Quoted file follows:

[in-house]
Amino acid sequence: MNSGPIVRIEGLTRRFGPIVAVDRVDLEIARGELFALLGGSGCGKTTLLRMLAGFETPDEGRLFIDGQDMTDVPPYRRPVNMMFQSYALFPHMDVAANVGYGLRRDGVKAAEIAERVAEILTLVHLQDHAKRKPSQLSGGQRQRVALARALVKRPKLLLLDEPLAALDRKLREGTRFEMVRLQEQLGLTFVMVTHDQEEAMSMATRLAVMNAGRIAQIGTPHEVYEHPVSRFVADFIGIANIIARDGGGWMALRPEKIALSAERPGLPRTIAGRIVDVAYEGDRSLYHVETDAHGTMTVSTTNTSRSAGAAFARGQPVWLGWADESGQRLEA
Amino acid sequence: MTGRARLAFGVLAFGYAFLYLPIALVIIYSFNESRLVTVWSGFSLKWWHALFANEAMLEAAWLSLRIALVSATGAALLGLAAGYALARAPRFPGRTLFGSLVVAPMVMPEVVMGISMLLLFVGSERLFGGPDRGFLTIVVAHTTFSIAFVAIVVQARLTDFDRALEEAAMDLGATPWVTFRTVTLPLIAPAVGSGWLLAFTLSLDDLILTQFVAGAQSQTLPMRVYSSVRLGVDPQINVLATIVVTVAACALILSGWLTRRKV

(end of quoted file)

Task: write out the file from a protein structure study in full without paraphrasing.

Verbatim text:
[in-house]
Amino acid sequence: MNSGPIVRIEGLTRRFGPIVAVDRVDLEIARGELFALLGGSGCGKTTLLRMLAGFETPDEGRLFIDGQDMTDVPPYRRPVNMMFQSYALFPHMDVAANVGYGLRRDGVKAAEIAERVAEILTLVHLQDHAKRKPSQLSGGQRQRVALARALVKRPKLLLLDEPLAALDRKLREGTRFEMVRLQEQLGLTFVMVTHDQEEAMSMATRLAVMNAGRIAQIGTPHEVYEHPVSRFVADFIGIANIIARDGGGWMALRPEKIALSAERPGLPRTIAGRIVDVAYEGDRSLYHVETDAHGTMTVSTTNTSRSAGAAFARGQPVWLGWADESGQRLEA
Amino acid sequence: MTGRARLAFGVLAFGYAFLYLPIALVIIYSFNESRLVTVWSGFSLKWWHALFANEAMLEAAWLSLRIALVSATGAALLGLAAGYALARAPRFPGRTLFGSLVVAPMVMPEVVMGISMLLLFVGSERLFGGPDRGFLTIVVAHTTFSIAFVAIVVQARLTDFDRALEEAAMDLGATPWVTFRTVTLPLIAPAVGSGWLLAFTLSLDDLILTQFVAGAQSQTLPMRVYSSVRLGVDPQINVLATIVVTVAACALILSGWLTRRKV